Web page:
Run Coach: Week 6

6weeks

Dear Runner,

You are so close to the end of this training plan!   That is an awesome accomplishment!

This is week six training plan for the beginner runner.

Hopefully last week made you comfortable running for a total of 26-minutes with walking breaks in between.   You are within reach of the end goal of running for 30-minutes without stopping.  Truth be told, you can do it now.  BUT we won’t push too hard.  Slow and steady progress is the way to go.  Like I’ve said before, the failure in running usually comes from progressing too fast.

This week you will  still need 40-minutes on your run days.

As always, if you feel you need to repeat last week, PLEASE do so.  This is not a contest and the important part is that you progress at your own pace.  If you are gasping for air at any given time, you need to slow down and go back and repeat a few days.  It’s o.k. to repeat!!

If you have not already, please read the following before beginning:

Preparing to Run

Run Coach: Preface

Run Coach: Week 1

Run Coach: Week 2

Run Coach: Week 3

Run Coach: Week 4

Run Coach: Week 5

DAY 1 (Day 36 of the Program):

GOAL: Complete 30-minutes – walking briskly

Walk for 30-minutes – brisk pace

stretch

DAY 2 (Day 37 of the Program):

GOAL: Complete 40-minutes – running 26-minutes*

Walk for 5-minutes to warm up – brisk pace

Run for 8-minutes at a comfortable pace

Walk for 2-minutes at a brisk pace

Run for 10-minutes at a comfortable pace

Walk for 2-minutes at a brisk pace

Run for 8-minutes at a comfortable pace

Walk for 5-minutes to cool down – brisk pace

stretch

DAY 3 (Day 38 of the Program):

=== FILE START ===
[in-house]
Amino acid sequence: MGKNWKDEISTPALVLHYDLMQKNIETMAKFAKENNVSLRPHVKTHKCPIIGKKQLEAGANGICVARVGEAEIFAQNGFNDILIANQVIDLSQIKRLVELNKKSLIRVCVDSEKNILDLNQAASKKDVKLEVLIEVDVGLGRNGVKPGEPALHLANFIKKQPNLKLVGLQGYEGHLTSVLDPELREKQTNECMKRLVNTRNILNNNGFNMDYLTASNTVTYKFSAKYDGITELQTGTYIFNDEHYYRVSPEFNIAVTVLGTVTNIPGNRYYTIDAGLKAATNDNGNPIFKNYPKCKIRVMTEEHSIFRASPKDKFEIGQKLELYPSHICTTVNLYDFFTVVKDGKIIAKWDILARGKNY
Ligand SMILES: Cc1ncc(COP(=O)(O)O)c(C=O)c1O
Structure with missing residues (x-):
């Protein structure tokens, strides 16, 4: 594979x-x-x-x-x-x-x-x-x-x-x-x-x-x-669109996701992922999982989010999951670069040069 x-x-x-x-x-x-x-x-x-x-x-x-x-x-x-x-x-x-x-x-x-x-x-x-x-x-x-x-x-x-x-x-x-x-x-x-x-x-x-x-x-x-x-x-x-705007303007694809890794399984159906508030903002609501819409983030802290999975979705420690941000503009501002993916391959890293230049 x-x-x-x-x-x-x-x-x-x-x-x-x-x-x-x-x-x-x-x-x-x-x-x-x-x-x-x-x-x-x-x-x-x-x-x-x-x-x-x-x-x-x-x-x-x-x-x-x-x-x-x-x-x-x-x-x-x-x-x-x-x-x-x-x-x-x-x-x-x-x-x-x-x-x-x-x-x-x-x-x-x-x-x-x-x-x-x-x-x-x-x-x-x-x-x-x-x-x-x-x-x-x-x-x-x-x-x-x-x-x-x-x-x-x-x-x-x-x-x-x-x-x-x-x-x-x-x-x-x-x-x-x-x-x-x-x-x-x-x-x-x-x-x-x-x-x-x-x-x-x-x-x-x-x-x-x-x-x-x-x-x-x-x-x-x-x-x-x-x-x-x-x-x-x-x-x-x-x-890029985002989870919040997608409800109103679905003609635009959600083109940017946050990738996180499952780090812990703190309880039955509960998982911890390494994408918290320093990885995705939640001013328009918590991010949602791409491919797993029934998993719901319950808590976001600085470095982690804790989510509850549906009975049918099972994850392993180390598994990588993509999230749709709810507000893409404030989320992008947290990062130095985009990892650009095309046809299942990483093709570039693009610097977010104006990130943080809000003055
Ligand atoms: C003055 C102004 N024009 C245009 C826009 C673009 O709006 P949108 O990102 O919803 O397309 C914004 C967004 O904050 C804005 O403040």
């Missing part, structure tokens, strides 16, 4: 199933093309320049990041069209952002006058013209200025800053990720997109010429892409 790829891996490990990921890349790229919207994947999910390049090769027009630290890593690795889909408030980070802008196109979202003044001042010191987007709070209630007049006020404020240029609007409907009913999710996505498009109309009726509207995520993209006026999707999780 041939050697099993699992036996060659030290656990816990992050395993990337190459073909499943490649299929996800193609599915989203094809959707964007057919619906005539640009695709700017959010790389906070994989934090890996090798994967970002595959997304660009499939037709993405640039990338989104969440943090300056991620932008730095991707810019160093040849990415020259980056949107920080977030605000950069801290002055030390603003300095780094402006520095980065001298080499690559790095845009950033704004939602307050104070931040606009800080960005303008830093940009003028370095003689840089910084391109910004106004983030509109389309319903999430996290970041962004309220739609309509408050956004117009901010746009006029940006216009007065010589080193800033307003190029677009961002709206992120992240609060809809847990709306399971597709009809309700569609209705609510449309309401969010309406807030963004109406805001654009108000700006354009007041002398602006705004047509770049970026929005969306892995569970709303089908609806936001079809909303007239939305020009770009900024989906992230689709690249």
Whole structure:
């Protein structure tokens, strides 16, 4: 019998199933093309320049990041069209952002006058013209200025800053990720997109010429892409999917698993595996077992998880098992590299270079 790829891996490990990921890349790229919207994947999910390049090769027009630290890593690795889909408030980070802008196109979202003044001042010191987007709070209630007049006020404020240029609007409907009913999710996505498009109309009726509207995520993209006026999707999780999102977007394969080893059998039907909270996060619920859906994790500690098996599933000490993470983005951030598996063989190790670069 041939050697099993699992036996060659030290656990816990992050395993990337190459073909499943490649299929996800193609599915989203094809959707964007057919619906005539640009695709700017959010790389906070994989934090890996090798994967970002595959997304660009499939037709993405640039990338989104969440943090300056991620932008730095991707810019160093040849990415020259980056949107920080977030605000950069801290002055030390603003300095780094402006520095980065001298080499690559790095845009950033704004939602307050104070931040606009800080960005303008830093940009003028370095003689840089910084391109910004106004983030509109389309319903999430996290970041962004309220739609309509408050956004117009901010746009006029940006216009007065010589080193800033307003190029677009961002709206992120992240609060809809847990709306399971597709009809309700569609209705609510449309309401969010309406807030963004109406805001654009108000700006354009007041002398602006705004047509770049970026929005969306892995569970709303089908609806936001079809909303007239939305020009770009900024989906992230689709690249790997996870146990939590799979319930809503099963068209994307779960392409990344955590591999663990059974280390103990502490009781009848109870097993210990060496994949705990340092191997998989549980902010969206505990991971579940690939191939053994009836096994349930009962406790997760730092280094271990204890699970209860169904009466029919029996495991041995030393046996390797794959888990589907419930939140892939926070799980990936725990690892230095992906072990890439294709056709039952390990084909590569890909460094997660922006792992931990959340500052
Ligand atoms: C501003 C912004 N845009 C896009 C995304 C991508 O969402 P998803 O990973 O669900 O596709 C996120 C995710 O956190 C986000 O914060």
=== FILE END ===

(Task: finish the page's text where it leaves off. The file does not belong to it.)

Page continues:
GOAL: Complete 30-minutes – walking briskly

Walk for 30-minutes – brisk pace

stretch

DAY 4 (Day 39 of the Program):

GOAL: Complete 40-minutes – running 26-minutes

Walk for 5-minutes to warm up – brisk pace

Run for 8-minutes at a comfortable pace

Walk for 2-minutes at a brisk pace

Run for 10-minutes at a comfortable pace

Walk for 2-minutes at a brisk pace

Run for 8-minutes at a comfortable pace

Walk for 5-minutes to cool down – brisk pace

stretch

DAY 5 (Day 40 of the Program):

GOAL: Rest Day – no leg workouts – rest leg muscles

DAY 6 (Day 41 of the Program):

GOAL: Complete 40-minutes – running 26-minutes

Walk for 5-minutes to warm up – brisk pace

Run for 5-minutes at a comfortable pace

Walk for 2-minutes at a brisk pace

Run for 15-minutes at a comfortable pace

Walk for 2-minutes at a brisk pace

Run for 6-minutes at a comfortable pace

Walk for 5-minutes to cool down – brisk pace

stretch

DAY 7 (Day 42 of the Program):

GOAL: Complete 30-minutes – walking briskly

Walk for 30-minutes – brisk pace

stretch

This Weeks Tip:

A few tools go a long way.

By the end of each 40-minute workout on your run days, you will be averaging anywhere from 2-4 miles, depending on your speed.  If you have a smartphone, try out one of the free apps that tracks your run speed and distance.  As you know, apps are plentiful and they vary, but these are a few of the most popular:

Android: Cardiotrainer

iPhone: Nike+Running, RunKeeper

I use RunKeeper and am pretty happy with it.  There are tons of options out there at many prices, but the free apps work great.  If you want to buy an app, you can take a look at this list from Mens Health or this one from Mashable.

From your computer, you can use my favorite program to map a run based on the distance you’d like to complete:

MapMyRun

It’s easy to use and it saves your data.  You can pull up past runs to use that route again.

This little tool came to my attention, through another running friend. Best purchase I have every made for my sport. If you need something to hold your smart phone in, while you run, this is the best gadget out there.  It costs about $20 and holds more than just your smartphone.  It stays put around your hip bones or your abdomen and does not bounce all around or even move.  It’s fully adjustable and machine washable.